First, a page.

MRI Information for Parents & Children
Thanks for learning more about our lab, what we do, and how you can get involved!
Our studies focus on understanding early brain development - how our brain grows, and how that growth can be impacted by things like nutrition, the environment, and our genes. As a result, our studies often involve collecting a variety of information about your infant or child as well as you and the rest of the family. A central part of our research involves using magnetic resonance imaging (or MRI) to take detailed images of your child’s brain.
MRI allows us to visualize the brain’s shape and size, as well as investigate its functional and structural connections. We often get a number of questions about MRI, so we’ve posted some of them below.
In addition to MRI, we also play games with your child to understand their motor, language, memory, vision, and other skills. We may also collect height and weight information, assess body composition and metabolic rate, and ask questions about their diet or sleep routine. All of this information is handled confidentially and will not be shared without your explicit consent. You can learn more about our specific studies throughout our website, or please contact us to learn more and ask any questions.
A Typical Visit to the Lab
Some Frequently Asked Questions about MRI:
IS MRI LIKE AN X-RAY OR CT-SCAN?
No, X-rays and CT scans use ionizing radiation to create an image. Magnetic Resonance Imaging (MRI) does not use ionizing radiation. Instead, MRI uses a strong static magnetic field and radio-waves (similar to those of an FM radio) to make images of the brain. There is no known health effect associated with strong static magnetic fields.
IS MRI SAFE?
There is a lot of incorrect information regarding MRI safety on the internet. After 30 years of clinical and research imaging, no peer-reviewed study has shown any short or long-term negative effect associated with MRI. The FDA considers MRI to be a safe risk when performed within specified parameters. Our study meets all of these safety measures.
BUT AREN’T MRI’S ARE LOUD?
MRI scanners built for adults can be very loud, reaching more than 140 decibels, or dB (almost as loud as a rock concert). Through the use of sound proofing and special sequence design, we have reduced this to less than 60dB - the same as casual conversation - for our study. To reduce noise further, we use noise-attenuating head phones specially designed for infants and toddlers. As a result, infants can sleep through the scan and you can easily carry on a conversation even in the scanning room.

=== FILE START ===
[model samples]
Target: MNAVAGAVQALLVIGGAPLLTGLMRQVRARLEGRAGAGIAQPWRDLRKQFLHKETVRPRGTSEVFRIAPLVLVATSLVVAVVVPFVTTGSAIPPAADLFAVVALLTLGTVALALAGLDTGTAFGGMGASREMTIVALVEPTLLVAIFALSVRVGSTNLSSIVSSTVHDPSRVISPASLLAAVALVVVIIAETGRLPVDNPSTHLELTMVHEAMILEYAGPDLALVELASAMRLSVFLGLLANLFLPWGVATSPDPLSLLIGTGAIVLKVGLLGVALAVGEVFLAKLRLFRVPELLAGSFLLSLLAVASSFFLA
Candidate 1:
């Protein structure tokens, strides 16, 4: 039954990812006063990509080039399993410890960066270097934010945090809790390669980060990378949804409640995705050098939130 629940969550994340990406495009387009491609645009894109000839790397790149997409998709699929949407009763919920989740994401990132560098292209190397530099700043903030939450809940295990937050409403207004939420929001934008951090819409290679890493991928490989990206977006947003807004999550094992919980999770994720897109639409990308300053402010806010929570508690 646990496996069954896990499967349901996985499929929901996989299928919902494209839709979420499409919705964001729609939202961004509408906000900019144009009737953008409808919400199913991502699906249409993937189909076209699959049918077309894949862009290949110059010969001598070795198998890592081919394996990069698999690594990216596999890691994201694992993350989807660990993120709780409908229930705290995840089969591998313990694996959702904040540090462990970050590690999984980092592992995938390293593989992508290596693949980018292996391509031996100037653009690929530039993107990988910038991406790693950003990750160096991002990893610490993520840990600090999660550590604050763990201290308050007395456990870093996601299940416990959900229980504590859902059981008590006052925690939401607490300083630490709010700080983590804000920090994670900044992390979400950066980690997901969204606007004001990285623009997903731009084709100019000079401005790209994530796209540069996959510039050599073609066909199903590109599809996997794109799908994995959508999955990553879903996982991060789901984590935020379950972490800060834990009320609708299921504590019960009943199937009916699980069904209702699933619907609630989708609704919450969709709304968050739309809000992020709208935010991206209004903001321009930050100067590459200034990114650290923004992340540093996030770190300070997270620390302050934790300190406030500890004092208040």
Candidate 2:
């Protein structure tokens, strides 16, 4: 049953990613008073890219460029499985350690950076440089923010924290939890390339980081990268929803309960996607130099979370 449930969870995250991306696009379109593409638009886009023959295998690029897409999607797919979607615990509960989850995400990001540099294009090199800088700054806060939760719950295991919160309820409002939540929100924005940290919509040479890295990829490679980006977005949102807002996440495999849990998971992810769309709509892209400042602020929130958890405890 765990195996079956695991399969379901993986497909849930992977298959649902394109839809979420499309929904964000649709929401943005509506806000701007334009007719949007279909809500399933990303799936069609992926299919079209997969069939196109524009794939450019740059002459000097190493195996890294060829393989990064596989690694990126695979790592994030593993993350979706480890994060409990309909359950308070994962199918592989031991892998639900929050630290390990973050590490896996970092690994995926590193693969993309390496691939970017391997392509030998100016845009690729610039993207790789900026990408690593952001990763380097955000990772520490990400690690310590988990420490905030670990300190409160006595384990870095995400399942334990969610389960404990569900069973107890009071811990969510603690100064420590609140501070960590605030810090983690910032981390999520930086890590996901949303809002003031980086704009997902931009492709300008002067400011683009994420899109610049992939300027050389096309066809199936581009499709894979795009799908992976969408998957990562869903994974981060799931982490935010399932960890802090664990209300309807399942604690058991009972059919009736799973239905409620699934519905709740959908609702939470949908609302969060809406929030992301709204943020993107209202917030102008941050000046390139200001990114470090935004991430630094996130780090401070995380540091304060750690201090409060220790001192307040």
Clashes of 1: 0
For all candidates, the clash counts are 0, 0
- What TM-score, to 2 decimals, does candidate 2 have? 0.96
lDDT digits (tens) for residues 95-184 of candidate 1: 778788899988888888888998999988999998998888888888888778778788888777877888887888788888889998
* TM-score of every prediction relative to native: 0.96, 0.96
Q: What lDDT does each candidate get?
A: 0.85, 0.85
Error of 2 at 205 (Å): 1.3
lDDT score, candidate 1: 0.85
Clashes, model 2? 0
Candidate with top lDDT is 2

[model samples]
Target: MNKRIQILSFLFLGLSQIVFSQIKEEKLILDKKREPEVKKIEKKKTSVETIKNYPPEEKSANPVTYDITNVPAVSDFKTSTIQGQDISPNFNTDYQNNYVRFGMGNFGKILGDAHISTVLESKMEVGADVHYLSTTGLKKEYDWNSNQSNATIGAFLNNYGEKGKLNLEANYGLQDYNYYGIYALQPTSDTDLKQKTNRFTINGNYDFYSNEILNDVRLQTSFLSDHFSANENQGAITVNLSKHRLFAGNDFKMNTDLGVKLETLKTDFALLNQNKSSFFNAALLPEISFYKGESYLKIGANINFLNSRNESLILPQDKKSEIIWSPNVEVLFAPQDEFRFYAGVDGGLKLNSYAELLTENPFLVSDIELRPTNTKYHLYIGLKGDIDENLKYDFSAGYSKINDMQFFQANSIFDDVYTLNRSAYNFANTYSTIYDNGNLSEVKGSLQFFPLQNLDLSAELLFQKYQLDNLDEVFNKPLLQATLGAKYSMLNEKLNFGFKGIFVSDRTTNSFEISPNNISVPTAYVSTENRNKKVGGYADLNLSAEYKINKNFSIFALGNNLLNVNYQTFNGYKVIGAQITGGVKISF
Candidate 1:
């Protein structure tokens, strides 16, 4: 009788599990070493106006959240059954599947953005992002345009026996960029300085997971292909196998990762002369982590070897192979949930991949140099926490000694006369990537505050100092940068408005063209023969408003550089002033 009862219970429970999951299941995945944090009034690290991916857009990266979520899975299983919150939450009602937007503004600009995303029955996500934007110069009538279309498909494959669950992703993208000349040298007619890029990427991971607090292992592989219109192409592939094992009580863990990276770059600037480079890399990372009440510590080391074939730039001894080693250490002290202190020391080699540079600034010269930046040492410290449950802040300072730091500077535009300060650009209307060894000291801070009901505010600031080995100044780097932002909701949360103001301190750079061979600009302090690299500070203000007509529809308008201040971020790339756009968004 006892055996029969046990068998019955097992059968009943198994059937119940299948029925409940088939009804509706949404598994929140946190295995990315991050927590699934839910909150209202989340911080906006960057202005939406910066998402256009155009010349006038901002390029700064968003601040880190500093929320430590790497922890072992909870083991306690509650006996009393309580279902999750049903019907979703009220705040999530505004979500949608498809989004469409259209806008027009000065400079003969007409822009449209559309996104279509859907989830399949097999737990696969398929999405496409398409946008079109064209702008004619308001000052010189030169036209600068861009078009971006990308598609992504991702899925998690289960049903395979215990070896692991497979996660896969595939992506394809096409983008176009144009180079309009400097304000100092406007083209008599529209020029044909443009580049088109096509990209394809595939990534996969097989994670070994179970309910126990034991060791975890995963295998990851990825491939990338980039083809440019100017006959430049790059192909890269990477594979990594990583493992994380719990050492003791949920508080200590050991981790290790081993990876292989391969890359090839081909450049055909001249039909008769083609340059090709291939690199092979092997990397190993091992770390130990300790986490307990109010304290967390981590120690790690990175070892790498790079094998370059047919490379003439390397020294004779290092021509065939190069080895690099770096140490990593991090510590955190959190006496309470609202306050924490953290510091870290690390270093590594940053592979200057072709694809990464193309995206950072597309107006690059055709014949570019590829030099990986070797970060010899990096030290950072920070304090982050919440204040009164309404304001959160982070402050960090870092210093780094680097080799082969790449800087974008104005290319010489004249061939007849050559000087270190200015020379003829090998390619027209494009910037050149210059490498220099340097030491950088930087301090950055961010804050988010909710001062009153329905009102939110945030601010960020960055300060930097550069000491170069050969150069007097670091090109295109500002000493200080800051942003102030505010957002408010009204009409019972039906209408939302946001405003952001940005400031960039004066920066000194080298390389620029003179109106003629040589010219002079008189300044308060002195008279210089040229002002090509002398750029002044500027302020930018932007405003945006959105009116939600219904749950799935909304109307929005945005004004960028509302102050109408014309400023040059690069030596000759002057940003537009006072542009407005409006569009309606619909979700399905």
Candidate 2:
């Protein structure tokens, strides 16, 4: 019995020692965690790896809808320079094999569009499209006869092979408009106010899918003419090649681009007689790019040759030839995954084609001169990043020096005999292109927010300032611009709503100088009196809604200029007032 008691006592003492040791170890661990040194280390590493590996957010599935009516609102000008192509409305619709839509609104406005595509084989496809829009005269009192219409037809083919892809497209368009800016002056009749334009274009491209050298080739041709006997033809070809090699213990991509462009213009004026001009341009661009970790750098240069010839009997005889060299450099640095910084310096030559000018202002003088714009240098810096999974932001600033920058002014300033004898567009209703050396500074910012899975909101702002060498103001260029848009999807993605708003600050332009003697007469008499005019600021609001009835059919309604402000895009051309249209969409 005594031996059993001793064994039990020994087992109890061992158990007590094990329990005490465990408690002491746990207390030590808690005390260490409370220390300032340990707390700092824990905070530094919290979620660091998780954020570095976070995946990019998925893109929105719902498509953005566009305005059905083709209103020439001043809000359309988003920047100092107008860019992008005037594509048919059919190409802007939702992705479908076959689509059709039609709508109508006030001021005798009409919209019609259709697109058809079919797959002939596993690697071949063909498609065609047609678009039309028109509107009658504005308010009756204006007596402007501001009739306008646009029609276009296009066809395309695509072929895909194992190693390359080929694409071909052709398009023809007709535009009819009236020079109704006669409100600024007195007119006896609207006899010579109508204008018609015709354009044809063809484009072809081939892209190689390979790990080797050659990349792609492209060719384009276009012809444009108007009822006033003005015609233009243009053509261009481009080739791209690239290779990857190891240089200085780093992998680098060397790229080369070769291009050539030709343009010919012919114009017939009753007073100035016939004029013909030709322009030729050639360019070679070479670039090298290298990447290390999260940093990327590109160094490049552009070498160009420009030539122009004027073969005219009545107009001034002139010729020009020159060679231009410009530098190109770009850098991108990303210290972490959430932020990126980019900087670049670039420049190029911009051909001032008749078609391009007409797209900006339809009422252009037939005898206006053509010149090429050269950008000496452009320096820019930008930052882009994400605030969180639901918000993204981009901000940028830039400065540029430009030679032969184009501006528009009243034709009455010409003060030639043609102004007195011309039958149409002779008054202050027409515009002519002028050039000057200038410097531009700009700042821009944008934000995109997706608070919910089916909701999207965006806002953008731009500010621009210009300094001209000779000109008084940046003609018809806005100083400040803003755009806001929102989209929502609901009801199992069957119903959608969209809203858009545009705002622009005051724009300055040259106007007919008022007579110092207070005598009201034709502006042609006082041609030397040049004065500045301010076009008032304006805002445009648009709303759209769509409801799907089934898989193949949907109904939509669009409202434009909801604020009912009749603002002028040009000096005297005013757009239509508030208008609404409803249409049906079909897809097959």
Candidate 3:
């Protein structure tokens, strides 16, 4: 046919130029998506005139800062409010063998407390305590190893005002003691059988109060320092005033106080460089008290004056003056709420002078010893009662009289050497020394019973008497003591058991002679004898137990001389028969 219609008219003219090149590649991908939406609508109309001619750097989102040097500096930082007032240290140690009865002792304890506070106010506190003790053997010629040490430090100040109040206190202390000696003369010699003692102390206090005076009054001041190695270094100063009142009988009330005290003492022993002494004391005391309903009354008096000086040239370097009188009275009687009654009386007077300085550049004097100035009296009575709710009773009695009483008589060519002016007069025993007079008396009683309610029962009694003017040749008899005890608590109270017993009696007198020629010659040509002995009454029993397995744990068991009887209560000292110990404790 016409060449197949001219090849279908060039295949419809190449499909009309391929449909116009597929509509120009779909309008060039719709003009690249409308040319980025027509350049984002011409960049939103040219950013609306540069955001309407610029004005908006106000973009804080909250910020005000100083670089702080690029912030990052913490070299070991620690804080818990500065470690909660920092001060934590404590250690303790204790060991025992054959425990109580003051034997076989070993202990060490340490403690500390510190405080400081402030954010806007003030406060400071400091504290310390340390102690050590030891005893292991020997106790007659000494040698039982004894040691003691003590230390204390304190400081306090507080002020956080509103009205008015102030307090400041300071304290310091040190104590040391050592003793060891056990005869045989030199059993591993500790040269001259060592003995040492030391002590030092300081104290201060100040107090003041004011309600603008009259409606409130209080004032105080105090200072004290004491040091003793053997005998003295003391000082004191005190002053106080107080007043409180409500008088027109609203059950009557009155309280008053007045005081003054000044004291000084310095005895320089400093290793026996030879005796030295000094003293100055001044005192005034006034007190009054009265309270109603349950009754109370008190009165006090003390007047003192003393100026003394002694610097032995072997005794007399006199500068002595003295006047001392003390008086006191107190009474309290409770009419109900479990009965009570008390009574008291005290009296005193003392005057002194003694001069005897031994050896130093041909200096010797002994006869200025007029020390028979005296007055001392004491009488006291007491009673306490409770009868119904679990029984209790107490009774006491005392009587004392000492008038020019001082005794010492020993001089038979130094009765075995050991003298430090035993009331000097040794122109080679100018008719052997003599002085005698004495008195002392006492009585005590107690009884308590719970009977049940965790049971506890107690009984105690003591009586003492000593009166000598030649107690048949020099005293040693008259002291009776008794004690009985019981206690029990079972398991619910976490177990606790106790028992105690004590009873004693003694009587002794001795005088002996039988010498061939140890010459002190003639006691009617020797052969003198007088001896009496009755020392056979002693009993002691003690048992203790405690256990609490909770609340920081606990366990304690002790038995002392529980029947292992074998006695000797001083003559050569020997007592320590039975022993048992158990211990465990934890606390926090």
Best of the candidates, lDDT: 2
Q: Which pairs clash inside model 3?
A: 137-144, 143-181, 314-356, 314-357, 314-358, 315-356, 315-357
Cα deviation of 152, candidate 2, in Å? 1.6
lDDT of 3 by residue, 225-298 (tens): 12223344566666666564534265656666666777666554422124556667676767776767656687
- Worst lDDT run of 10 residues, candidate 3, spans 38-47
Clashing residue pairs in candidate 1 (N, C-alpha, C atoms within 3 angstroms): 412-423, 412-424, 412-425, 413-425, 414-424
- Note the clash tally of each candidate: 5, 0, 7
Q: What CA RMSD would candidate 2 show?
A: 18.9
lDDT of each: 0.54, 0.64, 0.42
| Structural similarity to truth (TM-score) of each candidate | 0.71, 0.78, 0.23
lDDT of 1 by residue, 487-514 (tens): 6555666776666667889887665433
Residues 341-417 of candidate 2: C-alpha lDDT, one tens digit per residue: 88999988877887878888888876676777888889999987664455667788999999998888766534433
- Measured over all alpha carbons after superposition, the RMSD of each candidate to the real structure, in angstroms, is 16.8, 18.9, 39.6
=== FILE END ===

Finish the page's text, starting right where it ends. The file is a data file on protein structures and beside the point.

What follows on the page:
CAN I SEE THE SCANNER FACILITY, AND MEET THE RESEARCH TEAM BEFORE DECIDING TO PARTICIPATE?
Absolutely! We can arrange an information session during which you can tour the facility, see the scanner, meet members of the team, and get a better idea of how the study is run. You can also ask questions. If you decide to participate, we will go through the consent form with you and arrange a convenient time for the scan.
WHY DO YOU IMAGE MY INFANT WHILE THEY ARE SLEEPING?
Just as taking pictures of a moving object causes blurry photos, moving during an MR scan also causes blurry images. By imaging children (under 4 years of age) while they sleep, we can be sure they will stay still for the whole scan. For older children who can stay still, we can scan them while they watch a movie.
DO YOU USE SEDATION TO PUT MY CHILD TO SLEEP?
No! We schedule scans during normal nap or sleep time. We have private rooms where you and your child can relax and fall asleep. Once asleep, we will move your child into the scanner.
CAN I BE IN THE SCANNER ROOM DURING THE SCAN?
Absolutely! As long as you have no metal implants, pacemaker, etc., we encourage you to be in the scanner room along with your infant. At least one member of the research team will also be in the room.
WHAT IF I WANT TO STOP?
You can stop at any time. If you are uncomfortable before or during the scan, just alert us and we will stop everything.
Where Can You Find Us?
We’re located in the Coro Building near Rhode Island Hospital, 1 Hoppin Street, Providence, RI
We can always be reached by phone at: (401) 338-6943.